UBC Theses and Dissertations
Physical and chemical constraints on mineralization in the Eskay Creek deposit, northwestern British Columbia : evidence from petrography, mineral chemistry, and sulfur isotopes Roth, Tina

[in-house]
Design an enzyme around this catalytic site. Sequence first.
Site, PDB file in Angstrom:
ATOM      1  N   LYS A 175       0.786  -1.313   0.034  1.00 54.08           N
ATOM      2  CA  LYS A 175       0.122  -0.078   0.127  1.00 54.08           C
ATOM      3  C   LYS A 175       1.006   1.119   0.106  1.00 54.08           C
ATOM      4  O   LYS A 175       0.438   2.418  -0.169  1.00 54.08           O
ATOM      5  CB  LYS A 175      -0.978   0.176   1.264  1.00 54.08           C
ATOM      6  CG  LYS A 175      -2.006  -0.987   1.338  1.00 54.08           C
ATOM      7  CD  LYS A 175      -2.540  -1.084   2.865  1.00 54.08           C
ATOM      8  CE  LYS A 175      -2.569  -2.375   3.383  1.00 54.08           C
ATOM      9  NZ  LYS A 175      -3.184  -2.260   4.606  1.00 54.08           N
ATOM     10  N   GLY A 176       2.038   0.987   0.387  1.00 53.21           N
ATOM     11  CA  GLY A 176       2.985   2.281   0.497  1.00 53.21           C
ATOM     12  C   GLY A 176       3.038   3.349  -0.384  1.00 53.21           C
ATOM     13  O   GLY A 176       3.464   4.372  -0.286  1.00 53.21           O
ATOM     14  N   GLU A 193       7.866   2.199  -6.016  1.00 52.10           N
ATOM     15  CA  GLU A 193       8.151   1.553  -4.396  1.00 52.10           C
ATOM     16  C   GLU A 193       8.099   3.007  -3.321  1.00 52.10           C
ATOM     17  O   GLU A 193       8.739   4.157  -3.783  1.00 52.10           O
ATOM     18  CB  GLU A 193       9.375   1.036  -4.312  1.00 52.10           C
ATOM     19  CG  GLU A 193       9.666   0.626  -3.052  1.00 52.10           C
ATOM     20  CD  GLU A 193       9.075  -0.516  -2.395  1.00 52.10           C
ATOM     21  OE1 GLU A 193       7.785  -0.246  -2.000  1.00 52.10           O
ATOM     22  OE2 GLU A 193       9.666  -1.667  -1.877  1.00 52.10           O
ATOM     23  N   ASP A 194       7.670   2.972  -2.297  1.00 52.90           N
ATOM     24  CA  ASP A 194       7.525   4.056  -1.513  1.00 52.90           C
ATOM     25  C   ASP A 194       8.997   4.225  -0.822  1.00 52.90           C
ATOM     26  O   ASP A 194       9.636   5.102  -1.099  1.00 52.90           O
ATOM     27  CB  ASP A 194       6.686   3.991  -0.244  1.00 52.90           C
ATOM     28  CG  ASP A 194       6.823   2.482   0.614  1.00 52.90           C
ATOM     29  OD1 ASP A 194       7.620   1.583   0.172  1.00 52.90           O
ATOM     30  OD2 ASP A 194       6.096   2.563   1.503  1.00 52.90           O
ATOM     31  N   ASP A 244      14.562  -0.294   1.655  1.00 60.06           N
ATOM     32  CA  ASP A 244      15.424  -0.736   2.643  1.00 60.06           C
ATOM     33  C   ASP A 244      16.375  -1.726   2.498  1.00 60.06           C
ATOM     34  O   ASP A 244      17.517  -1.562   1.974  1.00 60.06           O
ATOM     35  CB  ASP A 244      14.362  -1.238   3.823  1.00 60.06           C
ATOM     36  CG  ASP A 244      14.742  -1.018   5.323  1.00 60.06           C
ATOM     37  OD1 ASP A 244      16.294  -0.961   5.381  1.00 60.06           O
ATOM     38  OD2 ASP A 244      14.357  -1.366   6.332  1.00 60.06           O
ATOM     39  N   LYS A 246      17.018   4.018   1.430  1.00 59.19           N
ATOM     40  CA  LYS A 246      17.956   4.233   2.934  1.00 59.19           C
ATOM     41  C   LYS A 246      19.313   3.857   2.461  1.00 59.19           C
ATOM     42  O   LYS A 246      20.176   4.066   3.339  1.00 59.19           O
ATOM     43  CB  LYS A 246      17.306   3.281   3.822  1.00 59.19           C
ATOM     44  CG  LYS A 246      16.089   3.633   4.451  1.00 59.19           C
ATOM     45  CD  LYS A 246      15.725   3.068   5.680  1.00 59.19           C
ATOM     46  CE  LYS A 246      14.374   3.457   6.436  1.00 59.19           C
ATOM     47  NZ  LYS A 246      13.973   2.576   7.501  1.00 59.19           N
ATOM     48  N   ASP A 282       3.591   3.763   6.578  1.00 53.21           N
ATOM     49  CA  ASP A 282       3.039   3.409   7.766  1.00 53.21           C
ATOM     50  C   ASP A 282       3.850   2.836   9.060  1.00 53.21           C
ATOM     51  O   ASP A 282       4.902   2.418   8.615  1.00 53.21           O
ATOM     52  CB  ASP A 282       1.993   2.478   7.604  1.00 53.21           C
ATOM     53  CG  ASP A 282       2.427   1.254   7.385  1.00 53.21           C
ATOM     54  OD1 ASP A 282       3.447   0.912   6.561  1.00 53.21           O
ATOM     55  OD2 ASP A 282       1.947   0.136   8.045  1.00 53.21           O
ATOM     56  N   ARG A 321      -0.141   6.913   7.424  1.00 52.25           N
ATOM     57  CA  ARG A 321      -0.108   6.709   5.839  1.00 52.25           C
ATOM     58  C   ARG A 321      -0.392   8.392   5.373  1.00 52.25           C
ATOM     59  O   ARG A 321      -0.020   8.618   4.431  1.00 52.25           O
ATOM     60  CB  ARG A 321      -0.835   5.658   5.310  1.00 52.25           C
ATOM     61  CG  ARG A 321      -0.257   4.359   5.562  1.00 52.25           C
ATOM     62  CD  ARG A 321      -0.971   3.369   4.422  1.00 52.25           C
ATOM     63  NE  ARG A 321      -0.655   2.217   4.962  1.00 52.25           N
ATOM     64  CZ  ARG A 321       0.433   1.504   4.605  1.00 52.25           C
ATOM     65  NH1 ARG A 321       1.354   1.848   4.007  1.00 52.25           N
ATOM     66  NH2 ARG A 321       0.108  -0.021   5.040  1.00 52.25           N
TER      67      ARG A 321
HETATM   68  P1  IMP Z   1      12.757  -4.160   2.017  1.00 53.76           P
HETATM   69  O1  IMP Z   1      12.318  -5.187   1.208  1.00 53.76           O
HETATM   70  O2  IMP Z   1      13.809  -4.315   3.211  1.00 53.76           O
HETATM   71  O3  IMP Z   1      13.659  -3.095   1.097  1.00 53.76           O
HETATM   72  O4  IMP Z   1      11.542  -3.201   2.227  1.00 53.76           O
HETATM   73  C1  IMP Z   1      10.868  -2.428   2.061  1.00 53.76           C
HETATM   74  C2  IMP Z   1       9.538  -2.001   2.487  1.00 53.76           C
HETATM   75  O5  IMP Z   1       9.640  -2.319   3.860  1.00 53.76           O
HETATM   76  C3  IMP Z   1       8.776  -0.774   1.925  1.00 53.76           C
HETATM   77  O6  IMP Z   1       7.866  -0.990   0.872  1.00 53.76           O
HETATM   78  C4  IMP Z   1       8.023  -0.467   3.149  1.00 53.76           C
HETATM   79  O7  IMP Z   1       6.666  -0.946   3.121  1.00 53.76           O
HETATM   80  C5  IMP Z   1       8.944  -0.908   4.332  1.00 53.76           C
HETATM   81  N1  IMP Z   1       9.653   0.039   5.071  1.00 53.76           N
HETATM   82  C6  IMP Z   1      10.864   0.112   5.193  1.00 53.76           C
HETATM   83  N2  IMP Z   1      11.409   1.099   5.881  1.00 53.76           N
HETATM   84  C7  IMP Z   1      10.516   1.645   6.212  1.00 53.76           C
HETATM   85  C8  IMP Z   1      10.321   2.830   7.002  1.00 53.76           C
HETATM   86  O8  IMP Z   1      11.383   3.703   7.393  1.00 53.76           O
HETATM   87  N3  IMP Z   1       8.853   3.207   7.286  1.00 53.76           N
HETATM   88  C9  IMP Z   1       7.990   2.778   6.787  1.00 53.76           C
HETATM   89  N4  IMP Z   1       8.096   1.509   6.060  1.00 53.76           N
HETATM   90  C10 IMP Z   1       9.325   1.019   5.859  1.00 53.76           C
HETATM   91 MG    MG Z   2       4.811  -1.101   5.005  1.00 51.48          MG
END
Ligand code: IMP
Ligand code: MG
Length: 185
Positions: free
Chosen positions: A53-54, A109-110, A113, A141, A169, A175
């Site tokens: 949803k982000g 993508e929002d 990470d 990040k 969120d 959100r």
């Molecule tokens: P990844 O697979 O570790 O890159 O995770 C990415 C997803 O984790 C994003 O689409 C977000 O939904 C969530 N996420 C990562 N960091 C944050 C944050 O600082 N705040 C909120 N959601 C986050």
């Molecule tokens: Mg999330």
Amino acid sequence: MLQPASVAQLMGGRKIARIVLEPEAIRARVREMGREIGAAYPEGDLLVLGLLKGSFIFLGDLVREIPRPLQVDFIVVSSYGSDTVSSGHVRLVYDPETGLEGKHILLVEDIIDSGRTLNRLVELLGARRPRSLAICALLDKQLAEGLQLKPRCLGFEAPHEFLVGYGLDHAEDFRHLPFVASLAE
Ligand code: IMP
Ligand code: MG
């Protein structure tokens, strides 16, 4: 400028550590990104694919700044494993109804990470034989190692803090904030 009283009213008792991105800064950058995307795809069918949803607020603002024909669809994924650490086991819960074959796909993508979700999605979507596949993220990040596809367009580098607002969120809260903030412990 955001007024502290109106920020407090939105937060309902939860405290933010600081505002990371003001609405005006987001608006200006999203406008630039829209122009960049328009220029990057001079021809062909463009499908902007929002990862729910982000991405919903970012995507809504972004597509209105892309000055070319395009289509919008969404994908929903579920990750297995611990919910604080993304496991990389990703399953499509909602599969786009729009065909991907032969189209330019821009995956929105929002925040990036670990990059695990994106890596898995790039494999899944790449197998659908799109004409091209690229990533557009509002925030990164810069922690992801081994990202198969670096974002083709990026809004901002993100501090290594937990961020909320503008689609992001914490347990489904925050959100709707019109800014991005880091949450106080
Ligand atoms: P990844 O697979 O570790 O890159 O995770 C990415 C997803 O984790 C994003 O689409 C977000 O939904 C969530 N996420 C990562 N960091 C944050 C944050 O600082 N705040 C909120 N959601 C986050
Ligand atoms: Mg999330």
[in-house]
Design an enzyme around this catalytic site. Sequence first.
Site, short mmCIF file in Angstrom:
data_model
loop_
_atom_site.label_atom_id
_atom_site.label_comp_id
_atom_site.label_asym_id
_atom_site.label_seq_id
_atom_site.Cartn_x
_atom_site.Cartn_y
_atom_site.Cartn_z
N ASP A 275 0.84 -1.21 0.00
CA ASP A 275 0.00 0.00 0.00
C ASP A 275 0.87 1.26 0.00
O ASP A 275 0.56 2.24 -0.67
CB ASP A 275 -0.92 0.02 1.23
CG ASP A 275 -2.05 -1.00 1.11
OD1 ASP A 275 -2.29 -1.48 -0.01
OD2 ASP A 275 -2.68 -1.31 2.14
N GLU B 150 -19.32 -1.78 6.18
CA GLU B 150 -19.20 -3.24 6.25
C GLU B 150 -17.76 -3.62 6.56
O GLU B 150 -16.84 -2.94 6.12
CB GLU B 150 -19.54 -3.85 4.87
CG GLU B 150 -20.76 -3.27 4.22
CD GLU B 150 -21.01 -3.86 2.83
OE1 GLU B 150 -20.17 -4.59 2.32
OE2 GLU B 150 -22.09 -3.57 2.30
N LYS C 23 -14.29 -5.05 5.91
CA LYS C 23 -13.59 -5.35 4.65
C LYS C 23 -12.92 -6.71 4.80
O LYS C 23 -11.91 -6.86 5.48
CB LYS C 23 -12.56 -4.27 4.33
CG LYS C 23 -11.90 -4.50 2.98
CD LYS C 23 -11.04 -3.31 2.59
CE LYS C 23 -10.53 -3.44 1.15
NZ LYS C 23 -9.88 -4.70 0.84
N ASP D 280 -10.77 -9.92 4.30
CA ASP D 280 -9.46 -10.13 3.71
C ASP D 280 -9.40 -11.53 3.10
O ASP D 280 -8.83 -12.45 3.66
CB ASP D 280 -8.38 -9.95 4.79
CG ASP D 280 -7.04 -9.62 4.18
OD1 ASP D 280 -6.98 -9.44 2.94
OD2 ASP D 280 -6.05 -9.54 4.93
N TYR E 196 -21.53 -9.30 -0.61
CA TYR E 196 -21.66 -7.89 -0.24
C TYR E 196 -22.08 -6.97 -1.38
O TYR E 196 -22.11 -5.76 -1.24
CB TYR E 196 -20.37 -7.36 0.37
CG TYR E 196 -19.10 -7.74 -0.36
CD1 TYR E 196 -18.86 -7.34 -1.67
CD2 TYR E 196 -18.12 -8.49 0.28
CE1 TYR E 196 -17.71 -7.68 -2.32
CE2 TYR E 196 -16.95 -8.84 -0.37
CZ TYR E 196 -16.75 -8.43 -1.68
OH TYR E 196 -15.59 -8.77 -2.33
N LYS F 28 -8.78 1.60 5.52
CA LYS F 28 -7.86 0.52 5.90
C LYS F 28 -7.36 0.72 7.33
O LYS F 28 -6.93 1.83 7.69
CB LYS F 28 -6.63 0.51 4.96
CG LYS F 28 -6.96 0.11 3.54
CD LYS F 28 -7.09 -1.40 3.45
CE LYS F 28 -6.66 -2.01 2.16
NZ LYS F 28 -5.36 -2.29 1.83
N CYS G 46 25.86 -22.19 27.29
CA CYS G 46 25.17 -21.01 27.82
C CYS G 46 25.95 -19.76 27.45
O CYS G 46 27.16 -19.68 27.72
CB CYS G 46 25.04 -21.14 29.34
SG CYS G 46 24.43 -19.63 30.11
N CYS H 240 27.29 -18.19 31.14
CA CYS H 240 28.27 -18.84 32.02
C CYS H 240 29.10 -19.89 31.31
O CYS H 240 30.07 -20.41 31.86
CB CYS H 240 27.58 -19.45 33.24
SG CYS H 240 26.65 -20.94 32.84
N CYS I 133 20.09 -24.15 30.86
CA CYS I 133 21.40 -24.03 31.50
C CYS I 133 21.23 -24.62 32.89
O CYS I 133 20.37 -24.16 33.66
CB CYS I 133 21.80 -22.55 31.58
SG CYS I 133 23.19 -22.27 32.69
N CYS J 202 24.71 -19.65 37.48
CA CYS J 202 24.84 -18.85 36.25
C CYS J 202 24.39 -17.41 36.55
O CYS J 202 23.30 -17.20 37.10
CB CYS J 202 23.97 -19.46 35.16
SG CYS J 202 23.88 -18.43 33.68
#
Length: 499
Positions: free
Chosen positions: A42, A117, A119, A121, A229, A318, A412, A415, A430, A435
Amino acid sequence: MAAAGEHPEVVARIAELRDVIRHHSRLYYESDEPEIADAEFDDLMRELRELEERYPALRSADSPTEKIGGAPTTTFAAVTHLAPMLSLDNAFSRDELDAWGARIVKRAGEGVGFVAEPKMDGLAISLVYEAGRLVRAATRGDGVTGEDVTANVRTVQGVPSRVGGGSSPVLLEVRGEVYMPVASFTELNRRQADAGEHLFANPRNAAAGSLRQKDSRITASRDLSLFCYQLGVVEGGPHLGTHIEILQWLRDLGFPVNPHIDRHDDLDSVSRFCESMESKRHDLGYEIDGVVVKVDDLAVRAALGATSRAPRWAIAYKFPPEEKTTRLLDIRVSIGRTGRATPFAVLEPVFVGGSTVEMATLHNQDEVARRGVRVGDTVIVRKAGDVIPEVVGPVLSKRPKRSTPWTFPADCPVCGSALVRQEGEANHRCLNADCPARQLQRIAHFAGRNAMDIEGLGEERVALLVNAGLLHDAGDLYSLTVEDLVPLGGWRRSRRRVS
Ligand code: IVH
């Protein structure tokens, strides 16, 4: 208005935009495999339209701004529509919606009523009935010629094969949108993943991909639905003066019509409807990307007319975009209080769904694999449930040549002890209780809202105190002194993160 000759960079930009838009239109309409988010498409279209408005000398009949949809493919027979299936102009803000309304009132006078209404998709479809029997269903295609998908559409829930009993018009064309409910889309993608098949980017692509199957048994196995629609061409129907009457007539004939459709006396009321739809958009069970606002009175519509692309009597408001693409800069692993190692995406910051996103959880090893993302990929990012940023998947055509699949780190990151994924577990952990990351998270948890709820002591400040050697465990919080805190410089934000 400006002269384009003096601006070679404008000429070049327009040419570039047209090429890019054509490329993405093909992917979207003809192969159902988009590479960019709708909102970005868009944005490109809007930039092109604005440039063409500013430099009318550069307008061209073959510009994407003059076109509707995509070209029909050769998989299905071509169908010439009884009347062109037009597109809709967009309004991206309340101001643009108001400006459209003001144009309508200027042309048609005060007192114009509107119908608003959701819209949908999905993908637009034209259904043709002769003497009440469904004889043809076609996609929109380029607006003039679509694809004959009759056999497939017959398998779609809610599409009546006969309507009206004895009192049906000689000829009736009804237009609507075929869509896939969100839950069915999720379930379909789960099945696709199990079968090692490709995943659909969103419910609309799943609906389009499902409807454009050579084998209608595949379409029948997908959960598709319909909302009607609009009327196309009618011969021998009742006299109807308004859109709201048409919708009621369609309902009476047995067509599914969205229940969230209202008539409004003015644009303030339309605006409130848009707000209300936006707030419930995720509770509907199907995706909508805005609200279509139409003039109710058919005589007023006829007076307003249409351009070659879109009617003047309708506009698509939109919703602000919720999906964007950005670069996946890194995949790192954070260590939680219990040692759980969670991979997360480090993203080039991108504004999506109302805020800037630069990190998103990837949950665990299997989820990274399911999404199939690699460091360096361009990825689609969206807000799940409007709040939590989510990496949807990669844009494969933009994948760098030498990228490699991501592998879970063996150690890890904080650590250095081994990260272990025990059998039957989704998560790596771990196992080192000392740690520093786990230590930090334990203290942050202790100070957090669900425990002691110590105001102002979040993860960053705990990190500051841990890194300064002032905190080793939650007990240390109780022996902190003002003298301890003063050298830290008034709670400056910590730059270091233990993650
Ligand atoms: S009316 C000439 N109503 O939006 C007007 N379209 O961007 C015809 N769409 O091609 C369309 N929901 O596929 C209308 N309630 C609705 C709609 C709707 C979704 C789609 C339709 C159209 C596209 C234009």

The Eskay Creek deposit is an unusual, polymetallic, precious metal-rich, volcanogenic massive sulfide and sulfosalt deposit located in northwestern British Columbia. Combined production and current reserve and resource estimates total 2.34 million tonnes, grading 51.3 g/t Au and 2 326 g/t Ag, and are contained in a number of stratiform and stockwork vein zones that display a variety of textural and mineralogical characteristics. The bulk of the ore is hosted in the 21B zone, a tabular stratiform lens that consists of well-bedded, clastically reworked sulfides and sulfosalts interbedded with unmineralized, carbonaceous argillite. In addition to extremely high precious metal grades, Eskay Creek is distinguished from conventional VMS deposits by its association with elements of the 'epithermal suite' (Sb-Hg±As), sulfosalt-rich mineralogy, and the dominance of clastic sulfides and sulfosalts. Physical and chemical constraints on the deposition of the Eskay Creek deposit have been investigated by detailed field studies, supplemented by petrographic, geochemical and stable isotopic analysis of the ore minerals. The deposit formed during two periods of hydrothermal activity, reflecting stratiform lenses occurring at two stratigraphic levels within argillite at the contact between rhyolite and basalt. During the first stage of activity, early sphalerite, Ag-rich tetrahedrite, galena, pyrite and electrum deposited on the sea floor near the center of the present 21B zone. The resulting seafloor mound and chimneys were periodically fragmented, transported, and redeposited in a basin adjacent to the vent site. Hydrothermal fluids migrated laterally along the permeable clastic bed to deposit progressively more Sb and Hg-rich sulfides and sulfosalts including dominantly boulangerite and bournonite, associated with significant electrum, followed by stibnite. Later minerals are progressively more restricted towards the center of the deposit. The latest stage of hydrothermal overprint in the 21B zone is characterized by minor cinnabar. The second stage of hydrothermal activity resulted mainly in deposition of the stratigraphically higher HW massive sulfide lens. The HW zone is typical of mineralized lenses where sulfides were not transported from the vent site. Ore of this type is characterized by replacement textures, presence of chalcopyrite and absence of lead sulfosalts. Silver is hosted principally in near end-member tetrahedrite and in electrum. Sphalerite, tetrahedrite and electrum locally contain significant Hg due to reaction with late stage, Hg-rich fluids. Lowtemperatures of formation are reflected in the low FeS contents in sphalerite, as well as the sulfosalt-rich mineral assemblage, and are optimal for transport of gold as a sulfide complex. Sulfur isotope signatures in the sulfides are consistent with a magmatic source, either derived by leaching the underlying volcanic pile, direct magmatic input, or both. Sulfur isotope values in pyrite from the host argillite grade rapidly to biogenic signatures within tens of metres from the edge of the orebodies, indicating that hydrothermal fluids are focussed and had a limited extent of lateral migration. Processes responsible for formation of the Eskay Creek deposit are not unique in the VMS environment, but require the coincidence of several favourable conditions to optimize the precious metal grade in the deposit. Continued removal of material deposited at the vent site is essential to prevent sealing and subsequent increase of temperatures of the hydrothermal system, therefore providing sustained low temperature conditions favourable for transport of gold. Redeposition of the clastic sulfides adjacent to the vent site allowed access for hydrothermal fluids to deposit additional gold. A reduced basinal environment with an appropriate depositional geometry is therefore necessary to preserve transported sulfides.
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